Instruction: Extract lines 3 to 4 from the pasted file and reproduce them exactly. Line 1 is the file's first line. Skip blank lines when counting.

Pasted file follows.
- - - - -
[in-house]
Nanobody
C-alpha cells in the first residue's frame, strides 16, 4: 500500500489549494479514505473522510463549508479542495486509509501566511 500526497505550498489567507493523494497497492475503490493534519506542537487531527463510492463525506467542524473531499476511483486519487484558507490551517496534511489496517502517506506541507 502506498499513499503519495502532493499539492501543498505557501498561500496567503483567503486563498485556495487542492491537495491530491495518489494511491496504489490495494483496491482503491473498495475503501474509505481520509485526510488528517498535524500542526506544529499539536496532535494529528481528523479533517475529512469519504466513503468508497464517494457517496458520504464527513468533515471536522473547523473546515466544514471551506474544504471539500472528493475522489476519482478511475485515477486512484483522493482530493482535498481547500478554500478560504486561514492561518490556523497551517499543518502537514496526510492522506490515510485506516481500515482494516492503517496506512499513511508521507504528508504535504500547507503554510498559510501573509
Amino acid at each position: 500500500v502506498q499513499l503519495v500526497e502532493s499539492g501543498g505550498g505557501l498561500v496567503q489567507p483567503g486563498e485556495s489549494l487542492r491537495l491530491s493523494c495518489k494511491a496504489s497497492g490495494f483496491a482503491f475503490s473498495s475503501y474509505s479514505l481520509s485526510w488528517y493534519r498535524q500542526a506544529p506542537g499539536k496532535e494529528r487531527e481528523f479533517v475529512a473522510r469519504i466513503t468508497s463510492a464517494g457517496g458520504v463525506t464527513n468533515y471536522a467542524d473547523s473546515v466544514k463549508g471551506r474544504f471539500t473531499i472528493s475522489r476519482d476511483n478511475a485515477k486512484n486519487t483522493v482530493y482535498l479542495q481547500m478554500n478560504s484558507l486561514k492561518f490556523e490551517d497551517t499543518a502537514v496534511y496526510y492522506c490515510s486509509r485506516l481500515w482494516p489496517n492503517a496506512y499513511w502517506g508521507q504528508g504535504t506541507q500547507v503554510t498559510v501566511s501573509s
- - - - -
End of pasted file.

C-alpha cells in the first residue's frame, strides 16, 4: 500500500489549494479514505473522510463549508479542495486509509501566511 500526497505550498489567507493523494497497492475503490493534519506542537487531527463510492463525506467542524473531499476511483486519487484558507490551517496534511489496517502517506506541507 502506498499513499503519495502532493499539492501543498505557501498561500496567503483567503486563498485556495487542492491537495491530491495518489494511491496504489490495494483496491482503491473498495475503501474509505481520509485526510488528517498535524500542526506544529499539536496532535494529528481528523479533517475529512469519504466513503468508497464517494457517496458520504464527513468533515471536522473547523473546515466544514471551506474544504471539500472528493475522489476519482478511475485515477486512484483522493482530493482535498481547500478554500478560504486561514492561518490556523497551517499543518502537514496526510492522506490515510485506516481500515482494516492503517496506512499513511508521507504528508504535504500547507503554510498559510501573509
Amino acid at each position: 500500500v502506498q499513499l503519495v500526497e502532493s499539492g501543498g505550498g505557501l498561500v496567503q489567507p483567503g486563498e485556495s489549494l487542492r491537495l491530491s493523494c495518489k494511491a496504489s497497492g490495494f483496491a482503491f475503490s473498495s475503501y474509505s479514505l481520509s485526510w488528517y493534519r498535524q500542526a506544529p506542537g499539536k496532535e494529528r487531527e481528523f479533517v475529512a473522510r469519504i466513503t468508497s463510492a464517494g457517496g458520504v463525506t464527513n468533515y471536522a467542524d473547523s473546515v466544514k463549508g471551506r474544504f471539500t473531499i472528493s475522489r476519482d476511483n478511475a485515477k486512484n486519487t483522493v482530493y482535498l479542495q481547500m478554500n478560504s484558507l486561514k492561518f490556523e490551517d497551517t499543518a502537514v496534511y496526510y492522506c490515510s486509509r485506516l481500515w482494516p489496517n492503517a496506512y499513511w502517506g508521507q504528508g504535504t506541507q500547507v503554510t498559510v501566511s501573509s